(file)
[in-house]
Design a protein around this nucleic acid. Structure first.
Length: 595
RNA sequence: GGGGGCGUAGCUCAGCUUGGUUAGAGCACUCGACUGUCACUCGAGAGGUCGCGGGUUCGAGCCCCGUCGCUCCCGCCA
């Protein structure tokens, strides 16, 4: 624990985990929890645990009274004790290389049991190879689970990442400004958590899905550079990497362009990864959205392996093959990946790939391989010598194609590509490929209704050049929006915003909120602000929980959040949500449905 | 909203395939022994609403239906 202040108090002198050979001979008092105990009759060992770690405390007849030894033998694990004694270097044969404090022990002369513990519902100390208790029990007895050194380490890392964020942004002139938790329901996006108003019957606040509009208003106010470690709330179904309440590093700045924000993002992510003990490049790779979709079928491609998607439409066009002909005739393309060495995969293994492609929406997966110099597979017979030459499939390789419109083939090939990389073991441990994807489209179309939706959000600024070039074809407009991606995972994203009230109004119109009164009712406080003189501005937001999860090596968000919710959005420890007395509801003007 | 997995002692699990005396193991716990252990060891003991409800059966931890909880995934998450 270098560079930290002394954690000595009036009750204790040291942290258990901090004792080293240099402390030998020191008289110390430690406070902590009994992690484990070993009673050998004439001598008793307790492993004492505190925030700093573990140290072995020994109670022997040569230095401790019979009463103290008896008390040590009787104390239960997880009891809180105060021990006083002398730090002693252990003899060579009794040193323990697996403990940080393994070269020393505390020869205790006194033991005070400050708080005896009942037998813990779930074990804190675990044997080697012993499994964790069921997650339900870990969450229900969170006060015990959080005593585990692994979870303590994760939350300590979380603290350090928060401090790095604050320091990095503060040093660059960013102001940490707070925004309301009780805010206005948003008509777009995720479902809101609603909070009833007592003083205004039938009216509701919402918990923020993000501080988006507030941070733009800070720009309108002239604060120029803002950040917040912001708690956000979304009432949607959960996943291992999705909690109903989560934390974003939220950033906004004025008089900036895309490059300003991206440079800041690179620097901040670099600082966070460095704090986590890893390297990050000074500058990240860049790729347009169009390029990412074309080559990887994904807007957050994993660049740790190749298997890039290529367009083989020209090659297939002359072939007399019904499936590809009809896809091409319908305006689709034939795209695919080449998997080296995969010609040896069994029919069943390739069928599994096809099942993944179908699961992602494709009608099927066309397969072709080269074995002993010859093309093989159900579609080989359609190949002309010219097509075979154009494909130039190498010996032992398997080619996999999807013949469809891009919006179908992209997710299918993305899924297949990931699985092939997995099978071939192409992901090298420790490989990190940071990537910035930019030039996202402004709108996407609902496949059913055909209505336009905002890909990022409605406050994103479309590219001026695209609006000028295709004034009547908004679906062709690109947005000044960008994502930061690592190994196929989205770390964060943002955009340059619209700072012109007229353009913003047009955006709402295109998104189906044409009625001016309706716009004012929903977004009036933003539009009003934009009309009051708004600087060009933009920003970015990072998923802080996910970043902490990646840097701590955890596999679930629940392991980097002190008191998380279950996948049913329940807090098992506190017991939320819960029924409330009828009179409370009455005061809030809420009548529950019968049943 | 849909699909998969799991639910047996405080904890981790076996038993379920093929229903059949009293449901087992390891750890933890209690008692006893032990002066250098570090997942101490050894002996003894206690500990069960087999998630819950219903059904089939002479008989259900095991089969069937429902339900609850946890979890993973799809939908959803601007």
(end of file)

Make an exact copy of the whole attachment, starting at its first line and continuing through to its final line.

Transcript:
[in-house]
Design a protein around this nucleic acid. Structure first.
Length: 595
RNA sequence: GGGGGCGUAGCUCAGCUUGGUUAGAGCACUCGACUGUCACUCGAGAGGUCGCGGGUUCGAGCCCCGUCGCUCCCGCCA
């Protein structure tokens, strides 16, 4: 624990985990929890645990009274004790290389049991190879689970990442400004958590899905550079990497362009990864959205392996093959990946790939391989010598194609590509490929209704050049929006915003909120602000929980959040949500449905 | 909203395939022994609403239906 202040108090002198050979001979008092105990009759060992770690405390007849030894033998694990004694270097044969404090022990002369513990519902100390208790029990007895050194380490890392964020942004002139938790329901996006108003019957606040509009208003106010470690709330179904309440590093700045924000993002992510003990490049790779979709079928491609998607439409066009002909005739393309060495995969293994492609929406997966110099597979017979030459499939390789419109083939090939990389073991441990994807489209179309939706959000600024070039074809407009991606995972994203009230109004119109009164009712406080003189501005937001999860090596968000919710959005420890007395509801003007 | 997995002692699990005396193991716990252990060891003991409800059966931890909880995934998450 270098560079930290002394954690000595009036009750204790040291942290258990901090004792080293240099402390030998020191008289110390430690406070902590009994992690484990070993009673050998004439001598008793307790492993004492505190925030700093573990140290072995020994109670022997040569230095401790019979009463103290008896008390040590009787104390239960997880009891809180105060021990006083002398730090002693252990003899060579009794040193323990697996403990940080393994070269020393505390020869205790006194033991005070400050708080005896009942037998813990779930074990804190675990044997080697012993499994964790069921997650339900870990969450229900969170006060015990959080005593585990692994979870303590994760939350300590979380603290350090928060401090790095604050320091990095503060040093660059960013102001940490707070925004309301009780805010206005948003008509777009995720479902809101609603909070009833007592003083205004039938009216509701919402918990923020993000501080988006507030941070733009800070720009309108002239604060120029803002950040917040912001708690956000979304009432949607959960996943291992999705909690109903989560934390974003939220950033906004004025008089900036895309490059300003991206440079800041690179620097901040670099600082966070460095704090986590890893390297990050000074500058990240860049790729347009169009390029990412074309080559990887994904807007957050994993660049740790190749298997890039290529367009083989020209090659297939002359072939007399019904499936590809009809896809091409319908305006689709034939795209695919080449998997080296995969010609040896069994029919069943390739069928599994096809099942993944179908699961992602494709009608099927066309397969072709080269074995002993010859093309093989159900579609080989359609190949002309010219097509075979154009494909130039190498010996032992398997080619996999999807013949469809891009919006179908992209997710299918993305899924297949990931699985092939997995099978071939192409992901090298420790490989990190940071990537910035930019030039996202402004709108996407609902496949059913055909209505336009905002890909990022409605406050994103479309590219001026695209609006000028295709004034009547908004679906062709690109947005000044960008994502930061690592190994196929989205770390964060943002955009340059619209700072012109007229353009913003047009955006709402295109998104189906044409009625001016309706716009004012929903977004009036933003539009009003934009009309009051708004600087060009933009920003970015990072998923802080996910970043902490990646840097701590955890596999679930629940392991980097002190008191998380279950996948049913329940807090098992506190017991939320819960029924409330009828009179409370009455005061809030809420009548529950019968049943 | 849909699909998969799991639910047996405080904890981790076996038993379920093929229903059949009293449901087992390891750890933890209690008692006893032990002066250098570090997942101490050894002996003894206690500990069960087999998630819950219903059904089939002479008989259900095991089969069937429902339900609850946890979890993973799809939908959803601007």